EGU21-1862
https://doi.org/10.5194/egusphere-egu21-1862
EGU General Assembly 2021
© Author(s) 2021. This work is distributed under
the Creative Commons Attribution 4.0 License.

Phase stability and structural properties of Fe2S and its analog Co2P at high pressures and temperatures

Claire Zurkowski1, Barbara Lavina2,3, Stella Chariton2, Eran Greenberg2,4, Sergey Tkachev2, Vitali Prakapenka2, and Andrew Campbell1
Claire Zurkowski et al.
  • 1University of Chicago, Department of the Geophysical Sciences, United States of America (czurkowski@uchicago.edu)
  • 2University of Chicago, GeoSoilEnviro Center for Advanced Radiation Sources, Chicago, IL 60637, USA
  • 3X-ray Sciences Division, Advanced Photon Source, Argonne National Laboratory, Argonne, IL 60439, USA
  • 4Applied Physics Department, Soreq Nuclear Research Center (NRC), Yavne 81800, Israel

Earth’s core is a Fe-rich alloy with a significant contribution from cosmochemically abundant light elements such as sulfur. Understanding the phase stability and structural properties of iron-rich sulfides at core conditions is critical for assessing the core’s composition and dynamics. In the current study, we examined the high-pressure polymorphism of Fe2S coexisting with Fe to outer-core pressures and high temperatures by combining in-situ powder and single-crystal X-ray diffraction techniques. We further conducted single-crystal X-ray diffraction experiments on Co2P as a low-pressure analog of Fe2S. Analyses of the powder X-ray diffraction patterns indicate an orthorhombic Fe2S phase coexisting with Fe between 25 and 170 GPa at moderate temperatures. Above  85 GPa, the orthorhombic Fe2S phase transitions to a hexagonal lattice that is stable on the liquidus to 140 GPa. Using single-crystal diffraction techniques, the orthorhombic structure of Fe2S was solved and refined to the C23 structure (Co2P type, Pnma, Z=4) at 90 GPa and quenched from 2380 K. While upon quenching at 100 GPa from 2650 K, a hexagonal lattice was identified and indexed to a unit cell compatible with a C22 Fe2S phase (Fe2P type, P-62m, Z=3), confirming the phase relations inferred in our powder diffraction experiments. The C23 Fe2S unit-cell parameters fit between 25 and 170 GPa reveal a highly compressible a axis, where the a axis is about 3 times more compressible than the b and c axes. To 48 GPa, C23 Co2P shows analogous anisotropic compression behavior to that observed at higher pressures in C23 Fe2S. Structural analysis of Co2P demonstrates that the anisotropic compression of these C23 phases is attributable to bond angle distortion and bond length compression parallel to the a direction and that the Co2P-type structure is compressing towards a Co2Si-type structure. These results display the mechanism for anisotropic compression observed in C23 Fe2S and support previous observations of a C37-like Fe2S phase above 190 GPa. Through this work, we determined that Fe2S is the relevant Fe-rich sulfide to at least outer core pressures and high temperatures and assessment of the phase transition and compression behavior of the Fe2S and Co2P analogs provides insight into the material properties and dynamics of Earth’s complex core.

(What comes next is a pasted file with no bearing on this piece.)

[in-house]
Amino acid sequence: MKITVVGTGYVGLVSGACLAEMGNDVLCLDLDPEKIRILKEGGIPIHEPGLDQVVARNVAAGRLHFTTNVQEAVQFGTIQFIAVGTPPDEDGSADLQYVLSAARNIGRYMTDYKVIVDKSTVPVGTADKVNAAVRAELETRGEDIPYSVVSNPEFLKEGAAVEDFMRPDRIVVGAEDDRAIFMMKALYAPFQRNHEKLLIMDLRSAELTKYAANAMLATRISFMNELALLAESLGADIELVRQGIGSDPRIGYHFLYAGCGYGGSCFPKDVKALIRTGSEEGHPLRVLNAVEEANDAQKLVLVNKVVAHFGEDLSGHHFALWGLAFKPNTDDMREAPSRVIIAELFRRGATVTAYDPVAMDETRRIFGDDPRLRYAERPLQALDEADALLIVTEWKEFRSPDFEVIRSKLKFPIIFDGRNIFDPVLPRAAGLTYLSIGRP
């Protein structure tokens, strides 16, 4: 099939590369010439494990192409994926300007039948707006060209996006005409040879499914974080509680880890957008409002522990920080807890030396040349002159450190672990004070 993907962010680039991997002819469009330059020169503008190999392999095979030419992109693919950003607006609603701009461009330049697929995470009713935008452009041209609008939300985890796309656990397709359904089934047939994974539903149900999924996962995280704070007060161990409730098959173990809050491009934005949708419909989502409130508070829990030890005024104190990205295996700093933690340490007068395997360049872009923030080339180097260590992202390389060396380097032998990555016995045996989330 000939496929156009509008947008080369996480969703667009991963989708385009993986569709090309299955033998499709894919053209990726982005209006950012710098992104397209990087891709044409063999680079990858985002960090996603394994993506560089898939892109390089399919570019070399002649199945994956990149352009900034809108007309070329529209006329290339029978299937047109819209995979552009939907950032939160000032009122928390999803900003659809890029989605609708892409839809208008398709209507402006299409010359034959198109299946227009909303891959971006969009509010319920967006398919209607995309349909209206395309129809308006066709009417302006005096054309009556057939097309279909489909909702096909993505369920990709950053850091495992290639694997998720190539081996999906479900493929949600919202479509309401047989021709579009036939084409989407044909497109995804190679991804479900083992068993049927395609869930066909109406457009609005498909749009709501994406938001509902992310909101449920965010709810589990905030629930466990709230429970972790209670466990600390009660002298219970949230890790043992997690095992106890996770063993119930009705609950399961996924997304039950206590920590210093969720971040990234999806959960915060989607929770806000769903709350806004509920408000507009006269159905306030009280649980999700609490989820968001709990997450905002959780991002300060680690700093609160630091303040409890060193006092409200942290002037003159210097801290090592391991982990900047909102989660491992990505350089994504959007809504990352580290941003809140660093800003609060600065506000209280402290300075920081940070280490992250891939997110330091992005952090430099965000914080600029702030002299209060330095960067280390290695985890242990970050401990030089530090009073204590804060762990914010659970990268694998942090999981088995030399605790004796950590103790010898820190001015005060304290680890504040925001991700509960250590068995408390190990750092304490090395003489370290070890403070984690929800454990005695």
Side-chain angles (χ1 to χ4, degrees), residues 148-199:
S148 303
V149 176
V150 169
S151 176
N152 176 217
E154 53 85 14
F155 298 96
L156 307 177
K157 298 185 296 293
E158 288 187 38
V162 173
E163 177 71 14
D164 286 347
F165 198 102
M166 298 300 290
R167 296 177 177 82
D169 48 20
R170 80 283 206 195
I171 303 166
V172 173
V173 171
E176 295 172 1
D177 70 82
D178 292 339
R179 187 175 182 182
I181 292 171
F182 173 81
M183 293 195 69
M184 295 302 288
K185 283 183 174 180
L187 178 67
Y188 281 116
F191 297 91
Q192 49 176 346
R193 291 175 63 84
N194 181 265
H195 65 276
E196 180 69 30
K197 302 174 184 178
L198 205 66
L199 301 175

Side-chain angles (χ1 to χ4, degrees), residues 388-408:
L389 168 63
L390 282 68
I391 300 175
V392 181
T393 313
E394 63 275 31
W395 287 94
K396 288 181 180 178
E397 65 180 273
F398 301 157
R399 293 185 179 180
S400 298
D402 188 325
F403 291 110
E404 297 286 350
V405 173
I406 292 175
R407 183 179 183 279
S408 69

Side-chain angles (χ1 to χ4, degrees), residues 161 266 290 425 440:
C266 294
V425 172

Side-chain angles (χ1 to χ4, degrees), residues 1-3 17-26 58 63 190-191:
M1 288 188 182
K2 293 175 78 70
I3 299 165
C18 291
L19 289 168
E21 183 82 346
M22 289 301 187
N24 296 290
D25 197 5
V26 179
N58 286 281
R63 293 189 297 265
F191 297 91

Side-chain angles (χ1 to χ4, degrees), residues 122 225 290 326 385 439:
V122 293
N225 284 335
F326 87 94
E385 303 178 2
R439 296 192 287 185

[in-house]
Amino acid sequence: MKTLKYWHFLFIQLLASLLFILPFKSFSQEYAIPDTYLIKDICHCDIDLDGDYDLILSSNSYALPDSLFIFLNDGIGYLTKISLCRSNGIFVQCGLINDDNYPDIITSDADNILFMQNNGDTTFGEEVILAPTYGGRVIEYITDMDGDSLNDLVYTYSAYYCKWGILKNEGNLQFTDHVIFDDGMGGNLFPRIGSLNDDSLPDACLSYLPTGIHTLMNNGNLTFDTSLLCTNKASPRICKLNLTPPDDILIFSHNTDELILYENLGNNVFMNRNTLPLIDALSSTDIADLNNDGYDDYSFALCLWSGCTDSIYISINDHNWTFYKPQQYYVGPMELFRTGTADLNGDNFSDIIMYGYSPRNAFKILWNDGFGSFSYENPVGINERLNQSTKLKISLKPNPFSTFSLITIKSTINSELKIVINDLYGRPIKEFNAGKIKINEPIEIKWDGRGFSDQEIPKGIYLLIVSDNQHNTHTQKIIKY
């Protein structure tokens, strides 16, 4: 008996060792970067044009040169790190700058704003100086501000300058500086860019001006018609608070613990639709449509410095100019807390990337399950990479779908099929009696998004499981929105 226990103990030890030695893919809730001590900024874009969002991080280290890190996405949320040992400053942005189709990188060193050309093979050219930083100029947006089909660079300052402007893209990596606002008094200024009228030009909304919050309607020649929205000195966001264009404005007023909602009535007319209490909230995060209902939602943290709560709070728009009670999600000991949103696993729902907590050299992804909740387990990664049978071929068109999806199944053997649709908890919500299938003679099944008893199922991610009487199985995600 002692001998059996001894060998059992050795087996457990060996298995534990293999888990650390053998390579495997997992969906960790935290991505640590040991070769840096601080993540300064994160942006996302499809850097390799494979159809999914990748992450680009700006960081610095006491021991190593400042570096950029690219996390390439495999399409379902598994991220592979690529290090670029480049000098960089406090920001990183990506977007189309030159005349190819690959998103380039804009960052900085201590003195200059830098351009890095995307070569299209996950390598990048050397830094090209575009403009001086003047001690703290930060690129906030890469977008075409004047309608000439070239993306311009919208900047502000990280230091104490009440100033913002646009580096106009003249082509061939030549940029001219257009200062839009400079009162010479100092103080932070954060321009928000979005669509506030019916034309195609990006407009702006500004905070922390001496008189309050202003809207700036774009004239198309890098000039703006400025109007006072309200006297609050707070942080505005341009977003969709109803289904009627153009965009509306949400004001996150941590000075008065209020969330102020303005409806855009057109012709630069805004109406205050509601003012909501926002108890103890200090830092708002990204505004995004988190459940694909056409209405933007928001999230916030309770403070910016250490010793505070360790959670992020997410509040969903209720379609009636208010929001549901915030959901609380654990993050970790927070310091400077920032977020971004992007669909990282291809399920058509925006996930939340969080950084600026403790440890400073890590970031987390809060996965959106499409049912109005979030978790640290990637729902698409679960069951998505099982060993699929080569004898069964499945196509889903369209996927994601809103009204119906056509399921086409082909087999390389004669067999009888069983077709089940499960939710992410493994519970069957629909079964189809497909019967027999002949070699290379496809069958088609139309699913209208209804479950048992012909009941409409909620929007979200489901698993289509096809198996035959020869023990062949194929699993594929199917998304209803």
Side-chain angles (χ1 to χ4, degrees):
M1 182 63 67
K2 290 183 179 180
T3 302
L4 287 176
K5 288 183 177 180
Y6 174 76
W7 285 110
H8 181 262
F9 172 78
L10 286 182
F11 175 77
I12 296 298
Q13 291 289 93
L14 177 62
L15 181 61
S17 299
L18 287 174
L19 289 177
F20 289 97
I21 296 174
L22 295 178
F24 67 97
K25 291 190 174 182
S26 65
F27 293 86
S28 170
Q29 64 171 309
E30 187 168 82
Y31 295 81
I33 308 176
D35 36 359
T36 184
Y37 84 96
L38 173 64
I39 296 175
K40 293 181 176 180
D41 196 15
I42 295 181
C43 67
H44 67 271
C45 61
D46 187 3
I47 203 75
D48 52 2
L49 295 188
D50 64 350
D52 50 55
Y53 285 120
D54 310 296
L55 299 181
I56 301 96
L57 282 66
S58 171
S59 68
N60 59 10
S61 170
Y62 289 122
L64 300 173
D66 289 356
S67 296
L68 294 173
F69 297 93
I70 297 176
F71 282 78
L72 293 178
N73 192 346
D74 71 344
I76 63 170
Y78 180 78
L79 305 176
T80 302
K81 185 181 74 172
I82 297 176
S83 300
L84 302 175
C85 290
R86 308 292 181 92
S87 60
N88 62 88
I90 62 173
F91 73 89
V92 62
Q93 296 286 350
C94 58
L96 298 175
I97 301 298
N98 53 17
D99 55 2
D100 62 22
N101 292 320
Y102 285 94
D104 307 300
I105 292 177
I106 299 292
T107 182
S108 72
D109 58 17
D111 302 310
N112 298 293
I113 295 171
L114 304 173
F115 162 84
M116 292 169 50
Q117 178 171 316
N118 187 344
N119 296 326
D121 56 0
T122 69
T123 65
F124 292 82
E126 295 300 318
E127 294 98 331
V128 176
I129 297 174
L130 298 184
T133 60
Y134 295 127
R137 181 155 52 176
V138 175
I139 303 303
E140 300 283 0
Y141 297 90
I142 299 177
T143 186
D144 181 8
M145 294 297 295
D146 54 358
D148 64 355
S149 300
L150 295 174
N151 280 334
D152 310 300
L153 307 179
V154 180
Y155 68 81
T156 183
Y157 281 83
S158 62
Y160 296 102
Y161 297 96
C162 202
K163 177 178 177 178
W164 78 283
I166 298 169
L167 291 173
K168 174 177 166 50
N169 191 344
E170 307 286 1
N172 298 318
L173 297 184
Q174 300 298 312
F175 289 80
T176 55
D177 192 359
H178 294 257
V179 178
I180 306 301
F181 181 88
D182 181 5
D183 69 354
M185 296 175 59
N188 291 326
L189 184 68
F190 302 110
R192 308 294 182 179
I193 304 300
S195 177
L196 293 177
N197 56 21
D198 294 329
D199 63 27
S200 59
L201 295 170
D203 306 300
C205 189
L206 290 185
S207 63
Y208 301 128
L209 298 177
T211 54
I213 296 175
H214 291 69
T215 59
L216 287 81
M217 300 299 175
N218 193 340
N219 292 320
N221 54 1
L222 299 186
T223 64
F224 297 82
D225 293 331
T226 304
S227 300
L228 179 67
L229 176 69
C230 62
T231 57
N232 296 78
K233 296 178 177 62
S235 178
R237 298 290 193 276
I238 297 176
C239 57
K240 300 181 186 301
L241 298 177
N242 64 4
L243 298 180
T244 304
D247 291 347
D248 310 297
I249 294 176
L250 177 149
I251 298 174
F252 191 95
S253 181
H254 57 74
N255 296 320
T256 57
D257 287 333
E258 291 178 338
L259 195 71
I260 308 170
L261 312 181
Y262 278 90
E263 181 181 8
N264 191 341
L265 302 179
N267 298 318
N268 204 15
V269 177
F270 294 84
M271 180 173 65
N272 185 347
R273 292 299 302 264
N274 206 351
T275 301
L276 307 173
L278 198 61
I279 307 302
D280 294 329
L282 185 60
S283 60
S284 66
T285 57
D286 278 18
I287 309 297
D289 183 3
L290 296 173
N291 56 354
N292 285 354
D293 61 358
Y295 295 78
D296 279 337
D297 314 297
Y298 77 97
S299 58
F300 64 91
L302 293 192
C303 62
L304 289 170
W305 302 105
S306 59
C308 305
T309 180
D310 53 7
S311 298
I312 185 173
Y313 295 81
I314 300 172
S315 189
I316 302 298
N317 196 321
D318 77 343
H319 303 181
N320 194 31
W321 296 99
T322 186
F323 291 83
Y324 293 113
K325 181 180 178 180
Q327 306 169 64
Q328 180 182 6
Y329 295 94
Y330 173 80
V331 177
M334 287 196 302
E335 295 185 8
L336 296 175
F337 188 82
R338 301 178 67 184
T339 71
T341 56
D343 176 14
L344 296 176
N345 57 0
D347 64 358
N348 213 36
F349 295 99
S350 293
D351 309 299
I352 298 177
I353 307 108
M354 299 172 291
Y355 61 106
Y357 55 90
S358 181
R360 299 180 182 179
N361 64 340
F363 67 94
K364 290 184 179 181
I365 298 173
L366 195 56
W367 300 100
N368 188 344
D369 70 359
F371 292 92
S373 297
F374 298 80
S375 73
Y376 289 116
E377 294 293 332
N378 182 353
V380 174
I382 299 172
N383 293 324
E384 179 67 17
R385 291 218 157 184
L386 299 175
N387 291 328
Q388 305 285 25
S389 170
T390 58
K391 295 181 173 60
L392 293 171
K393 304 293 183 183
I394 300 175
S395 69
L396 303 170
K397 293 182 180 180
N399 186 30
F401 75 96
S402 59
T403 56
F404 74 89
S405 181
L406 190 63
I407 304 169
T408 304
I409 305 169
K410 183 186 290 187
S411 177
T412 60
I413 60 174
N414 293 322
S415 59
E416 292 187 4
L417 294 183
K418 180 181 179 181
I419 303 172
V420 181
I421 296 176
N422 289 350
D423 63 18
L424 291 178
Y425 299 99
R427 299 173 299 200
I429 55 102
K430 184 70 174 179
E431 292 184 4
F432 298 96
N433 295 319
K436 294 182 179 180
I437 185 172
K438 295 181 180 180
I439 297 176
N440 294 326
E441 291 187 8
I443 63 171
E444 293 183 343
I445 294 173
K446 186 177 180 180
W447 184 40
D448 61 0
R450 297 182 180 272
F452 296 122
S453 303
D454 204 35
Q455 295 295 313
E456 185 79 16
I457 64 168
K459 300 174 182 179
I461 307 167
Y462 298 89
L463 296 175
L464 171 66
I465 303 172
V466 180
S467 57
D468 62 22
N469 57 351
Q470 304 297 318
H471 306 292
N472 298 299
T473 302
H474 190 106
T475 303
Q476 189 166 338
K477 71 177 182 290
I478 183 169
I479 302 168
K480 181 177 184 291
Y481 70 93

How to cite: Zurkowski, C., Lavina, B., Chariton, S., Greenberg, E., Tkachev, S., Prakapenka, V., and Campbell, A.: Phase stability and structural properties of Fe2S and its analog Co2P at high pressures and temperatures, EGU General Assembly 2021, online, 19–30 Apr 2021, EGU21-1862, https://doi.org/10.5194/egusphere-egu21-1862, 2021.

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